I liked "Death a l' Orange" the best of all the books (so far) in the Culinary Mystery series. The best way I can think to describe this novel is to say that is both whimsical and surreal at the same time. The descriptions of the foods and sights of France were fantastic and made me wish I was about to embark on my own holiday of France. I also loved Nancy Fairbanks's vivid portrayals of the different bickering academics, and their wives, in the tour group -- it brought back memories of being in grad school all over again!
Because her husband has to undergo bypass surgery, Mrs. Atwater, a friend of the Blues, offers them their tour tickets to Normandy and the Loire Valley at a cheaper than usual price. Of course the Blues enthusiastically accept. A chance to partake in the sights and foods of Normandy is not something any amateur historian and budding food critic would willingly pass up! Another bonus is that the tour group will comprise of academics (and their better halves) from the university that Jason had been previously lecturing at. So that there would quite a few people that they actually know. The only caveat to all this is that Carolyn and Jason would also have to keep an eye on the Atwater teenage daughter, Edie. However Carolyn is sure that everything will be a breeze -- that is until she realises that 1) the tour group seems to be made up of bickering lecturers (and their equally quarrelsome spouses), three of whom are involved in a race for the deanship of the College of Arts and Sciences; 2) she notices that Edie Atwater is a budding mantrap who has attached herself firmly to the Blues' son; and 3) that a series of rather troublesome accidents seem to be dogging the group, and Professor Childeric, a medieval historian, in particular.
When the first accident befalls Childeric (he falls onto the luggage carousel at the airport), Carolyn thinks little of the accident despite Childeric's claims of having been maliciously pushed. But Childeric is soon the victim of another 'accident' and Carolyn begins to seriously wonder if someone is actually out to get the professor, as he insists. As the days pass, the 'accidents' take on a more sinister aspect, and Jason soon begins to worry about Carolyn's safety as Childeric seems to have attached himself firmly to her elbow...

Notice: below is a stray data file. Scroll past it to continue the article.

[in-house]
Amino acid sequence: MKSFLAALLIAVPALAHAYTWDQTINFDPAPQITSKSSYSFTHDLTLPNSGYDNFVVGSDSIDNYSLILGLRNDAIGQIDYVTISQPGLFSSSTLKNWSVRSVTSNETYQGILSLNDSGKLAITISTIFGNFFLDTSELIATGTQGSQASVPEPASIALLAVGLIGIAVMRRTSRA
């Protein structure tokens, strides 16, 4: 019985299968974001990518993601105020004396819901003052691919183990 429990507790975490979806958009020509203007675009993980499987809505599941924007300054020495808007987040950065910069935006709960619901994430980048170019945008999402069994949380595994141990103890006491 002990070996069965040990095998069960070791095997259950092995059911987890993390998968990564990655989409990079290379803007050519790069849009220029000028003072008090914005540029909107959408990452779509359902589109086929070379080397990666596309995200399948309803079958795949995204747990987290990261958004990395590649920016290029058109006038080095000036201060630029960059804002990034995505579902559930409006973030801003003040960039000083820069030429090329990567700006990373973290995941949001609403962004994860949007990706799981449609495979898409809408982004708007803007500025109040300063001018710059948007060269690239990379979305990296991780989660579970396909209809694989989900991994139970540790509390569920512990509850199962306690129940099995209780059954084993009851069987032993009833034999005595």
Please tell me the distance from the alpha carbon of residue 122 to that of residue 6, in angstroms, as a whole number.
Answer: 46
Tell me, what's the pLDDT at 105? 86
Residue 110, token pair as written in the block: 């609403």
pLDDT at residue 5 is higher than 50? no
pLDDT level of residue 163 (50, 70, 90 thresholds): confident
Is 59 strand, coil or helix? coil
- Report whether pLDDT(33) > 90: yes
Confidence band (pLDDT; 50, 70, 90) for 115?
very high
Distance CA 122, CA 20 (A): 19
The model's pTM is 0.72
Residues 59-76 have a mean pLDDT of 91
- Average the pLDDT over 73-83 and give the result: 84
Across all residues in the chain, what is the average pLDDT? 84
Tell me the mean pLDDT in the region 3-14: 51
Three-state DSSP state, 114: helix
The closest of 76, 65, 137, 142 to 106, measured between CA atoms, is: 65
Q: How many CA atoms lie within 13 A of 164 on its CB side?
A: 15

As with the second book in this series, "Truffled Feathers," this latest Carolyn Blue mystery novel is also divided into two narratives -- Carolyn's at times humourous one that includes some rather entertaining sidebars of historical and gastronomical fact, is nicely juxtaposed with her husband's, Jason, more factual and matter-of-fact account of what's going on. In spite of the dual narrative plot device, the novel unfolded smoothly and at a brisk pace. Before I even knew it, I had devoured the novel and was lefty with that 'I wish there was more' feeling. "Death a l' Orange" is truly enjoyable read. Carolyn and Jason's tongue-in-cheek observations of the foibles of those around them (the French natives and the American tour group members) are bound to entertain. But in spite of all this light whimsy, Nancy Fairbanks also successfully imbues the novel with an air of sinister surrealism as the number of accidents mount and they begin to take on a darker hue. Thus lending a rather suspenseful tone to the book as you wonder what will happen next! Be warned however, charming and enjoyable though "Death a l' Orange" was, there is actually very little of the hunt-for-the-dangerous-prank-player aspect in this novel. Carolyn does try to tabulate what's going on and to figure out who the likely suspects are; but unfortunately is easily side tracked by the sights and foods and the private lives of the group members. Still, this is an entertaining and engaging novel that should not be missed.